Texas takes drunk driving seriously. You can expect to face harsh monetary fines, suspension of your driver’s license, and potentially spend time in jail — even for your first offense. And, once you have served your sentence, you will have a permanent criminal record to remind you — and others — of your mistake.
Having a first offense DWI lawyer in Plano on your side can make a difference in the outcome of your case and protect your rights under the law. Call the Law Offices of Randall B. Isenberg to get started: 214-696-9253.
What are the penalties for a first offense DWI in Plano?
Under Texas law, a first offense DWI (with a blood alcohol concentration [BAC] of 0.08 to 0.149) is a Class B misdemeanor offense, carrying potential penalties and fines as follows:
- Jail time up to 6 months
- Monetary fine up to $2,000
- Driver’s license suspension up to 1 year
With a BAC of 0.15 or above, however, the charge is a Class A misdemeanor. The potential penalties for conviction are as follows:
- Jail time up to 1 year
- Monetary fine up to $4,000
- Driver’s license suspension up to 2 years
Your punishment may also include probation, community service, alcohol counseling, and attendance at a DWI education program. The court may also compel you to install an ignition interlock device on any vehicles that you own.
After the conclusion of your driver’s license suspension, you will have to pay a surcharge each year for three years to retain your license. The surcharge ranges between $1,000 and $2,000 per year.
Will I have a criminal record after a first offense DWI conviction?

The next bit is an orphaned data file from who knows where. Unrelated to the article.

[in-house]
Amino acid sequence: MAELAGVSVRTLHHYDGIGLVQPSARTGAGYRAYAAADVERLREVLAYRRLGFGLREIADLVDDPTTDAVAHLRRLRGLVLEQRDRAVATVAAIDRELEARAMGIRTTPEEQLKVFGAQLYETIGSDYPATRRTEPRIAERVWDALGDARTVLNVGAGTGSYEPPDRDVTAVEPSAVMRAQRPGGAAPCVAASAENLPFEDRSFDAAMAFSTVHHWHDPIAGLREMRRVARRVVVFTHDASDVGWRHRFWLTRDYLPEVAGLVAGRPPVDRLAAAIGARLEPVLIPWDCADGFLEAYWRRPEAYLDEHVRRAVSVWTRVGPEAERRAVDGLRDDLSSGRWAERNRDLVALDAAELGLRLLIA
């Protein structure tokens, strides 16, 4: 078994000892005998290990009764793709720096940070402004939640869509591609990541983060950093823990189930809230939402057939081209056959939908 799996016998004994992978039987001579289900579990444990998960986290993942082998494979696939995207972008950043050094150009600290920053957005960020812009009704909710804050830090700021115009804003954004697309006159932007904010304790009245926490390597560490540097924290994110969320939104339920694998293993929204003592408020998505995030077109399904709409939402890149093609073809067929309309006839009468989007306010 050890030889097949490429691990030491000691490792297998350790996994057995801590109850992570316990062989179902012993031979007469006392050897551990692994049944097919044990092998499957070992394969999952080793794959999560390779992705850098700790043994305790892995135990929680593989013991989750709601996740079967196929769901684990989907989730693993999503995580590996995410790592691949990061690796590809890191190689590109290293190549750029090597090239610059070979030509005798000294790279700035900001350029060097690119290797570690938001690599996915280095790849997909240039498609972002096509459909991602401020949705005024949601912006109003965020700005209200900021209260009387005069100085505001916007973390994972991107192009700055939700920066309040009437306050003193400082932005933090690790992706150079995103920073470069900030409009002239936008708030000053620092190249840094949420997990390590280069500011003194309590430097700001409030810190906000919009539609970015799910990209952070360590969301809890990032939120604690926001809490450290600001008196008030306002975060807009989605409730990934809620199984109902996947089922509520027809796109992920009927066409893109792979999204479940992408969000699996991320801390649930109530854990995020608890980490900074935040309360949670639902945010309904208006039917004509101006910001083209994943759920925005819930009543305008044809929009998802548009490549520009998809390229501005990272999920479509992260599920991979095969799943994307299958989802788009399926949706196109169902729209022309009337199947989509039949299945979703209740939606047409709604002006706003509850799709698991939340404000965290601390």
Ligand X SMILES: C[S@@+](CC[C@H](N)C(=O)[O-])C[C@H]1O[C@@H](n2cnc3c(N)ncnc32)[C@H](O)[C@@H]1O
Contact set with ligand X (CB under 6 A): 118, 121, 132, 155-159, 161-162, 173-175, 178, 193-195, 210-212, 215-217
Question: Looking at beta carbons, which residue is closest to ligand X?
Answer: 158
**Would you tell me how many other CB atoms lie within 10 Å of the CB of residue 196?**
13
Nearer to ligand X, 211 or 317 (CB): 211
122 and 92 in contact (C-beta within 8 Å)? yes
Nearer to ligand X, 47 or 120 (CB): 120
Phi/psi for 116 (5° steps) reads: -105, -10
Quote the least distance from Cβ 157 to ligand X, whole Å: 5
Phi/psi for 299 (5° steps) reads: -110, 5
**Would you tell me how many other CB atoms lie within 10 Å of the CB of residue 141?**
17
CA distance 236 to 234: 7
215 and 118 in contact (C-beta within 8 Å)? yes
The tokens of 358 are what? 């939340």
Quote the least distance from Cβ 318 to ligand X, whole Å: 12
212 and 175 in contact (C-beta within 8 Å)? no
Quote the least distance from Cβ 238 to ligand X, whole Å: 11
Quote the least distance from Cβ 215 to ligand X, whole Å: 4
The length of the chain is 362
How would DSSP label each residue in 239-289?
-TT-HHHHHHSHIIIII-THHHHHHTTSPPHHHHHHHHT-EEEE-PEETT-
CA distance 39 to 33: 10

Yes. Any conviction for drunk driving in Texas becomes a part of your permanent criminal record. As DWI penalties go, having a drunk driving conviction on your record is one of the harshest.
Auto insurance companies will label you as a high-risk driver. This allows them to refuse coverage or, if you find a company that will agree to provide insurance, charge exorbitant premiums.
Background checks will reflect your conviction as well, potentially jeopardizing your ability to find work or rent an apartment.
Engaging a Texas DWI lawyer is one of the most effective ways to avoid conviction and a permanent criminal record.
Can I keep my license after a Plano DWI arrest?
At the time of your arrest, a police officer will confiscate your driver’s license and serve you with a Notice of Suspension. This form also serves as a temporary driving permit, which allows you to drive legally for 14 days.
Upon expiration of the temporary permit, the Texas Department of Public Safety (DPS) will automatically suspend your license — regardless of whether your criminal case goes forward.
You can potentially avoid a driver’s license suspension, however, if you request an Administrative License Revocation (ALR) hearing. You or your DWI lawyer must formally request the hearing within 15 days, after which you will receive notification of the hearing date and time.
NOTE: This is administrative hearing is unrelated to the criminal portion of your case. Neither proceeding has any bearing on the other.
At the ALR hearing, you and the arresting officer will both testify under oath, after which an administrative law judge will decide the outcome of your suspension.
Because the prosecutor can use your ALR testimony against you in your criminal case, it is important to have a Plano DWI lawyer represent you at the ALR hearing. This will help prevent you from making statements that can hurt your criminal case and give your attorney the opportunity to question the arresting officer.